The decorative carvings of Kristina Madsen
Kristina Madsen gets her carving inspiration from textiles, nature, tradition, and some amazing and distinguished mentors. See the results and get an inside view of the process.
Synopsis: Where does carver Kristina Madsen get the inspiration for her varied and detailed carvings? From textiles, nature, tradition, and some amazing and distinguished mentors. See the results and get an inside view of the process.
A new carving pattern never just pops into my head. A vague and general impression floats around while pages of my well-worn library offer small suggestions. I leaf through my collection of old sample boards and then leaf through them again.
Textiles are my primary source of inspiration. The design components of these woven, dyed, and printed patterns—their layouts, their combinations of motifs and colors—are a vast and rich material resource. All types of patterns intrigue me: repetitive, non-repetitive, monochromatic, polychromatic, representational, abstract. I move from one to another as furniture form and whim dictate.
The patterns I design are usually multi-layered, with a foreground, a background, and often a middle ground. Once the combination of marks has been worked out on samples, I fully develop the foreground pattern on paper and transfer it to the furniture surface. After this primary pattern has been carved, I cut the secondary and infill patterns freehand.
New projects come about in different ways. Sometimes I have a piece of furniture in mind and want to design a complementary pattern for it. Sometimes I have a particular type of pattern that I want to try and I must dream up a furniture form to suit it. Either way, the furniture and the pattern are developed simultaneously. The work is rhythmic and highly focused, and I am completely absorbed by it for weeks or months at a time. Because so many of the marks are cut freehand, there is always an element of surprise in the finished surfaces; some unanticipated outcome that could not be seen in the smaller-scale sample boards. This is what keeps me interested, and slightly on edge, throughout the carving process. The full effect of the pattern only becomes evident after the two finish coats of oil/varnish have been applied and the light catches the facets.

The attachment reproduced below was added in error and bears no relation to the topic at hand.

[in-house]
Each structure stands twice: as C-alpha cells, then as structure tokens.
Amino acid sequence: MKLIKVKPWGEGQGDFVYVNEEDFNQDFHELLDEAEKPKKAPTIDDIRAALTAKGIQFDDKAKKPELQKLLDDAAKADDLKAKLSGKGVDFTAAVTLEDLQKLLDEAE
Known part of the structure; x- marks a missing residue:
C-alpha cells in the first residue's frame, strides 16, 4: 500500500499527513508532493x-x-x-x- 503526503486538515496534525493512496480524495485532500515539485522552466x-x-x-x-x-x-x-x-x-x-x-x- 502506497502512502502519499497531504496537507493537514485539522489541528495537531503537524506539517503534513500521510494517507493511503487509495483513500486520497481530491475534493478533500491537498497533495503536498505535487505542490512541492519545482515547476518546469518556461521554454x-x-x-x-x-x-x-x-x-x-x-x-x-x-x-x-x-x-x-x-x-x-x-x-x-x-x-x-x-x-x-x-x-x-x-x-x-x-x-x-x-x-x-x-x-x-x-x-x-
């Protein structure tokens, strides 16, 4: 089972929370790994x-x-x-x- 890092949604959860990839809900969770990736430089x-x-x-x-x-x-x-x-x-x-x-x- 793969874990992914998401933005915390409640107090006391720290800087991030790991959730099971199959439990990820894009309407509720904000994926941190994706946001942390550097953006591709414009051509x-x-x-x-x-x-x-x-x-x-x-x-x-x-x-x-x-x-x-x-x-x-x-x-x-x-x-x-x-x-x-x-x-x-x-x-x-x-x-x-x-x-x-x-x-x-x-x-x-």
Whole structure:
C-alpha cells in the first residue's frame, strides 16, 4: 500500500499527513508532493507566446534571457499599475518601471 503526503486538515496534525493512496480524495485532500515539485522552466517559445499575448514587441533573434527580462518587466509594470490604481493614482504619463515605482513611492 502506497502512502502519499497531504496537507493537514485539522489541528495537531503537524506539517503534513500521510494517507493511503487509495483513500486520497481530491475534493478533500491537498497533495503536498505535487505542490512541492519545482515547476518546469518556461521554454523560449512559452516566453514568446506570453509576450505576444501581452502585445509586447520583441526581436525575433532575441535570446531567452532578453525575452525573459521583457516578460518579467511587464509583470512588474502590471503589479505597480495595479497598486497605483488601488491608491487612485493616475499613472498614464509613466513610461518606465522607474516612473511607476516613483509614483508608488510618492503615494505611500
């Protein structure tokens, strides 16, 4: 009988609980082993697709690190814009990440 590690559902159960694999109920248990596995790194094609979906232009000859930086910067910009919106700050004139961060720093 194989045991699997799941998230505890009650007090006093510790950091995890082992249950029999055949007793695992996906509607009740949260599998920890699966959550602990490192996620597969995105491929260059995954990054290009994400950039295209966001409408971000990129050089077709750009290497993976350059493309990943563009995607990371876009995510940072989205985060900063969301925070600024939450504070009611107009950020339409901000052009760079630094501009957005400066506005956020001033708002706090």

Beyond the influence of my distinguished mentors, my work also draws from a much older and broader tradition. Decorative pattern is universal. Abundant in all its complexities within the natural world, its use has been adopted throughout time and by all cultures to enliven and visually enhance plain surfaces. As I seek to capture light in the facets of my carvings, I am a link in this ever-lengthening chain of tradition, and I hope that my combinations of furniture and pattern will, in their turn, inspire and energize others as the lives and work of my predecessors have inspired and energized me.
The Natural Look
The intaglio carving technique that has become a signature of Madsen’s work is characteristic of Oceania. She was first introduced to the carvings of this region through the Field Museum catalog, The Fuller Collection of Pacific Artifacts by R and M Force. Captivated by the intricate, faceted patterns that covered these traditional objects, Madsen began incorporating more texture and patterns into her furniture. Carving on clear-finished solid wood is the most straightforward of Madsen’s techniques. After bringing a sample board or piece of furniture to a finished state, which means a first sealer coat of 2 parts oil to 1 part varnish, then four to five coats of a 50/50 oil/varnish mix, Madsen carves the pattern. Then she applies two light finish coats of the oil/varnish mix.
Kristina Madsen creates furniture and carvings in Massachusetts.
From Fine Woodworking #284
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